Girl talking with policeThis is the second post in our series discussing the handling of violent criminal charges in Arkansas. Our last article provided an overview of topics we will be discussing and stressed the need to contact an attorney if one is charged with a crime of violence. It is important to have quality representation in such matters as prosecutors aggressively pursue such cases. In this post we will discuss the possibility of claiming self-defense when charged with a violent crime.

Arkansas residents may use reasonable force to defend themselves

It is more common than many realize for the wrong person to be arrested in a case involving assault, battery, domestic violence, or other offenses involving an altercation. Police are often forced to make an arrest after listening to each side’s version of events and considering other circumstantial evidence. Such evidence can lead to one mistakenly being labeled as the primary aggressor, and being arrested, even though they were defending themselves. It is these types of situations which lead to the use of a self-defense claim in Court.

Arkansas residents are allowed to use reasonable force to defend themselves from violence. The key concept is that the force used must be “reasonable.” This means that the force used in defense cannot be disproportionate to the threat one faces. If, for example, one is afraid that an aggressor is going to punch them then they may be able to strike the aggressor but they cannot pull out a gun and shoot the aggressor. If one is charged with a violent crime, and it can be shown that they were only using reasonable force to defend themselves then they may be acquitted at trial.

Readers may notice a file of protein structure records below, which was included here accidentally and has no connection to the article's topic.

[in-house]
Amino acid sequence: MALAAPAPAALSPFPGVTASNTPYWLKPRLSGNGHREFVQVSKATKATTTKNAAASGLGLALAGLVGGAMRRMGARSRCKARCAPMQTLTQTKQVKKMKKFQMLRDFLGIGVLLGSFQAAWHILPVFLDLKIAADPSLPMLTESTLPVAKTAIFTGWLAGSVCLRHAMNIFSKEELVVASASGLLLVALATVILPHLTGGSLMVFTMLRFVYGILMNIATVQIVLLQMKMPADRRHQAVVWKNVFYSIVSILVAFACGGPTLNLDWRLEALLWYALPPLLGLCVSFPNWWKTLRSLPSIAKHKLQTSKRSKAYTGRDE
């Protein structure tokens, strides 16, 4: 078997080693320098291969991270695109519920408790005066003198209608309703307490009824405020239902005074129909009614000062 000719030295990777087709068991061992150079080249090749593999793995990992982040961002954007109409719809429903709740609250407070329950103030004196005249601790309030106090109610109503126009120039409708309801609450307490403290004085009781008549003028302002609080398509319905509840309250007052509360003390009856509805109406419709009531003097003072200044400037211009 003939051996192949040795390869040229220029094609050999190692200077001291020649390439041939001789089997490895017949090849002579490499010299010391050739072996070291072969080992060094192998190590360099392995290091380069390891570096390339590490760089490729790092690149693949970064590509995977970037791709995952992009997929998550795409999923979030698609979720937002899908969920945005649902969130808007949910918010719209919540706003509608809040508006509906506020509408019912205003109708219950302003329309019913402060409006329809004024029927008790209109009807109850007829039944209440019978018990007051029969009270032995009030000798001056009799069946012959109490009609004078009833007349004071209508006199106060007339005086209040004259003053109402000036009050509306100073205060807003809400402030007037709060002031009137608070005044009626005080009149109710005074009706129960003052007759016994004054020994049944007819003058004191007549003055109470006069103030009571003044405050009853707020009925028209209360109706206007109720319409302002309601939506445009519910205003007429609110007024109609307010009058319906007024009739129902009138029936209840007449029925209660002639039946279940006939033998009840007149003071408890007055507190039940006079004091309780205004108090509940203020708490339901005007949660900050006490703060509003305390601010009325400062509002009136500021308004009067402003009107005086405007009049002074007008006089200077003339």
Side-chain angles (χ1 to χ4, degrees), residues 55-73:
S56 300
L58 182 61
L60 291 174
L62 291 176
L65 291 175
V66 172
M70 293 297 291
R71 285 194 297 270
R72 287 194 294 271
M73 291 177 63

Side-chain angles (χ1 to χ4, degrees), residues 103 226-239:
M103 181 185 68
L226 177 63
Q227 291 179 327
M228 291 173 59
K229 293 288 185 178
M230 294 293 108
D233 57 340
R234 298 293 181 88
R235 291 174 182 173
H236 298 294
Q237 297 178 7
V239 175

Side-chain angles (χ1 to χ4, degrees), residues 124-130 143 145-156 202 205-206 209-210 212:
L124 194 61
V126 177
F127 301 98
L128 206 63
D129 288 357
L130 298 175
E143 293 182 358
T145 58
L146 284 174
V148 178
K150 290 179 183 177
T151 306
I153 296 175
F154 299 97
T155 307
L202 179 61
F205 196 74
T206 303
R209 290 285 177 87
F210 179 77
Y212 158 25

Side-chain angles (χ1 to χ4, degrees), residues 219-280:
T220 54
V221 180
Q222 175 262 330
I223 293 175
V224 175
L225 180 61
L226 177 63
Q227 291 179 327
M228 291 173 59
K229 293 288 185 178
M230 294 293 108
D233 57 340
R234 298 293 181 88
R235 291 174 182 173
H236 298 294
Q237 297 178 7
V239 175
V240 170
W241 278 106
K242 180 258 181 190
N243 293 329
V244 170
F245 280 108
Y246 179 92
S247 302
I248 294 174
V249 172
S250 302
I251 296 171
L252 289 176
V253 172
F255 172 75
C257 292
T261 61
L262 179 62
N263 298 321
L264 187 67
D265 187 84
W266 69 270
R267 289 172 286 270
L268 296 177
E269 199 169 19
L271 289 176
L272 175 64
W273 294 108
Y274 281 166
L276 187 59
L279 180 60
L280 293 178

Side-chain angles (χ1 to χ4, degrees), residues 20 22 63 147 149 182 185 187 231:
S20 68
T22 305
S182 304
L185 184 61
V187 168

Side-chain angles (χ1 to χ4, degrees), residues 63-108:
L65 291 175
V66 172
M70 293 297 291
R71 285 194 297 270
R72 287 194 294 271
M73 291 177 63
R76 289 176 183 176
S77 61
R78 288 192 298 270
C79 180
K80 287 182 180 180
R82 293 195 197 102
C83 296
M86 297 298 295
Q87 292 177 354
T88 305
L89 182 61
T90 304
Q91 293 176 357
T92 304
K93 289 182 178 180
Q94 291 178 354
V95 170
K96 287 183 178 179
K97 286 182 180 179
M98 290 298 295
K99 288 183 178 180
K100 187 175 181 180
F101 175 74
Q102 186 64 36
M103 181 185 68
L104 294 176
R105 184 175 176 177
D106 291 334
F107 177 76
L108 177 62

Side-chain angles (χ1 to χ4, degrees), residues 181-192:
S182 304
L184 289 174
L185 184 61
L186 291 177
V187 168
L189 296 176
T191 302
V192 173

Our Little Rock lawyers have experience in presenting a self-defense claim during Arkansas criminal trials

If you are charged with a violent offense then it is crucial that you hire an attorney who is familiar with the concept of a self-defense claim. Issues which should be investigated include the harm to both parties and whether any injuries are consistent with a self-defense claim, inconsistencies in the story of the person claiming to be the victim, as well as the surrounding area in which the incident occurred. Analysis of the broader facts will allow your lawyer to determine whether a self-defense claim is viable and to establish a strategy for presenting such a defense in Court.

Contact our Little Rock lawyers today if you are charged with a violent offense in Arkansas. Our attorneys also handle matters in Fort Smith, Fayetteville, Springdale, Jonesboro, North Little Rock, Conway, Rogers, Pine Bluff, and throughout the rest of Arkansas. Contact us today.